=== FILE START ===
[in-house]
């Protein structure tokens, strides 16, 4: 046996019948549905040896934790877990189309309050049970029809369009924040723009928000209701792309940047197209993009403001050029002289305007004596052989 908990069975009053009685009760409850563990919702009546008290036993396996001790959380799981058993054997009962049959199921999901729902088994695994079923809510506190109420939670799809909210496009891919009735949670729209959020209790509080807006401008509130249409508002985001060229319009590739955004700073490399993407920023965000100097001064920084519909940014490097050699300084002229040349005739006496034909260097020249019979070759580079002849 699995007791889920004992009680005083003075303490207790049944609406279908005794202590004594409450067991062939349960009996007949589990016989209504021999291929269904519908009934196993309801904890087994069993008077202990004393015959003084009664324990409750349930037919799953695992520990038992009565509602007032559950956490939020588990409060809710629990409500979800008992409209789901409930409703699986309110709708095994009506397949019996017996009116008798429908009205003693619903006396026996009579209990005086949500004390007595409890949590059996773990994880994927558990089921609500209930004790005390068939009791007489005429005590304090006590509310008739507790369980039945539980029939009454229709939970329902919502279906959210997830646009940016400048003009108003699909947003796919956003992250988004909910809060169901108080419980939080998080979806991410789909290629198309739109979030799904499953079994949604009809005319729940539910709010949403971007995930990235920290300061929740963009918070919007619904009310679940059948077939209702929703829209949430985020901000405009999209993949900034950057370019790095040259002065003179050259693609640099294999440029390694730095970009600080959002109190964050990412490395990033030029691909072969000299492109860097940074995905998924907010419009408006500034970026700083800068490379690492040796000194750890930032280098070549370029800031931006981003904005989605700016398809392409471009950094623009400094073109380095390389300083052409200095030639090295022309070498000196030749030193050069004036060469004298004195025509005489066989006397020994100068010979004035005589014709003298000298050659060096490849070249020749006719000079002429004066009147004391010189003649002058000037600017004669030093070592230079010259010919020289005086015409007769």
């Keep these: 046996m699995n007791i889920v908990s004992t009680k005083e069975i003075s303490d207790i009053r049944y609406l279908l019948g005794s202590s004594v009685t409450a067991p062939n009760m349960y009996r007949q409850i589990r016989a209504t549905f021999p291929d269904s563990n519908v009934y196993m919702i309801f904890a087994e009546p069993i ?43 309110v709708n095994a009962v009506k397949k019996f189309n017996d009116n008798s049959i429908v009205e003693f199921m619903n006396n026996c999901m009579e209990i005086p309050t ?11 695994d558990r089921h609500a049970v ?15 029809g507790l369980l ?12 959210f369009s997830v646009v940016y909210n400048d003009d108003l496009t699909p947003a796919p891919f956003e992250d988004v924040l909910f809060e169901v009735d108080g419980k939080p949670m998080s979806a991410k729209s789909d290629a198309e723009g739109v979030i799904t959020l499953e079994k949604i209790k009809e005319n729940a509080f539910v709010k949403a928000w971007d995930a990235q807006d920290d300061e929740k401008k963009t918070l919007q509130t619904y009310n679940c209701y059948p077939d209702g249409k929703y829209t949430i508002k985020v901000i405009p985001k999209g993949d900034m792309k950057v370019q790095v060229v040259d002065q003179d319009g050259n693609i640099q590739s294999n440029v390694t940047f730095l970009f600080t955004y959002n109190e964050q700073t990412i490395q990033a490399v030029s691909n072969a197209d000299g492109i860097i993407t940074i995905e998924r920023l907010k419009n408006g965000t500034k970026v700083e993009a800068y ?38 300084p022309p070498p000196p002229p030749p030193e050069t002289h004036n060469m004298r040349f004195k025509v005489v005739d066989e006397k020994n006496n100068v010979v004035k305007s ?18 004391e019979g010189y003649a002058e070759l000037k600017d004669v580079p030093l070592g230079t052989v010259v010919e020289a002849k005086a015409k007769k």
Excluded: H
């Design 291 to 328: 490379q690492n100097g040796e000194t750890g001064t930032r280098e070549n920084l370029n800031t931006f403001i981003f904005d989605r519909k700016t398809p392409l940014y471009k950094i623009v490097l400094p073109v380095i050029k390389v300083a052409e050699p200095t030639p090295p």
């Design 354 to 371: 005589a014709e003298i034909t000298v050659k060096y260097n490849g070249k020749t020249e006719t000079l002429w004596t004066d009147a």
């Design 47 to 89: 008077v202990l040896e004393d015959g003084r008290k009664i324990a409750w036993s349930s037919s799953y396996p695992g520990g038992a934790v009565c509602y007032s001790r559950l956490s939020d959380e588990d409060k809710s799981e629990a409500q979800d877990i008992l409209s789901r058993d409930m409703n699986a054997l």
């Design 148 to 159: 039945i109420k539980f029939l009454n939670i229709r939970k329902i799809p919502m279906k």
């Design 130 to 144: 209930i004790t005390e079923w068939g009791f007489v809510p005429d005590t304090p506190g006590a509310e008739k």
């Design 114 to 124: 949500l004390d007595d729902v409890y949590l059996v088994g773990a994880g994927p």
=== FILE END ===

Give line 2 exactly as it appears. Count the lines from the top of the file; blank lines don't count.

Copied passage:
């Protein structure tokens, strides 16, 4: 046996019948549905040896934790877990189309309050049970029809369009924040723009928000209701792309940047197209993009403001050029002289305007004596052989 908990069975009053009685009760409850563990919702009546008290036993396996001790959380799981058993054997009962049959199921999901729902088994695994079923809510506190109420939670799809909210496009891919009735949670729209959020209790509080807006401008509130249409508002985001060229319009590739955004700073490399993407920023965000100097001064920084519909940014490097050699300084002229040349005739006496034909260097020249019979070759580079002849 699995007791889920004992009680005083003075303490207790049944609406279908005794202590004594409450067991062939349960009996007949589990016989209504021999291929269904519908009934196993309801904890087994069993008077202990004393015959003084009664324990409750349930037919799953695992520990038992009565509602007032559950956490939020588990409060809710629990409500979800008992409209789901409930409703699986309110709708095994009506397949019996017996009116008798429908009205003693619903006396026996009579209990005086949500004390007595409890949590059996773990994880994927558990089921609500209930004790005390068939009791007489005429005590304090006590509310008739507790369980039945539980029939009454229709939970329902919502279906959210997830646009940016400048003009108003699909947003796919956003992250988004909910809060169901108080419980939080998080979806991410789909290629198309739109979030799904499953079994949604009809005319729940539910709010949403971007995930990235920290300061929740963009918070919007619904009310679940059948077939209702929703829209949430985020901000405009999209993949900034950057370019790095040259002065003179050259693609640099294999440029390694730095970009600080959002109190964050990412490395990033030029691909072969000299492109860097940074995905998924907010419009408006500034970026700083800068490379690492040796000194750890930032280098070549370029800031931006981003904005989605700016398809392409471009950094623009400094073109380095390389300083052409200095030639090295022309070498000196030749030193050069004036060469004298004195025509005489066989006397020994100068010979004035005589014709003298000298050659060096490849070249020749006719000079002429004066009147004391010189003649002058000037600017004669030093070592230079010259010919020289005086015409007769």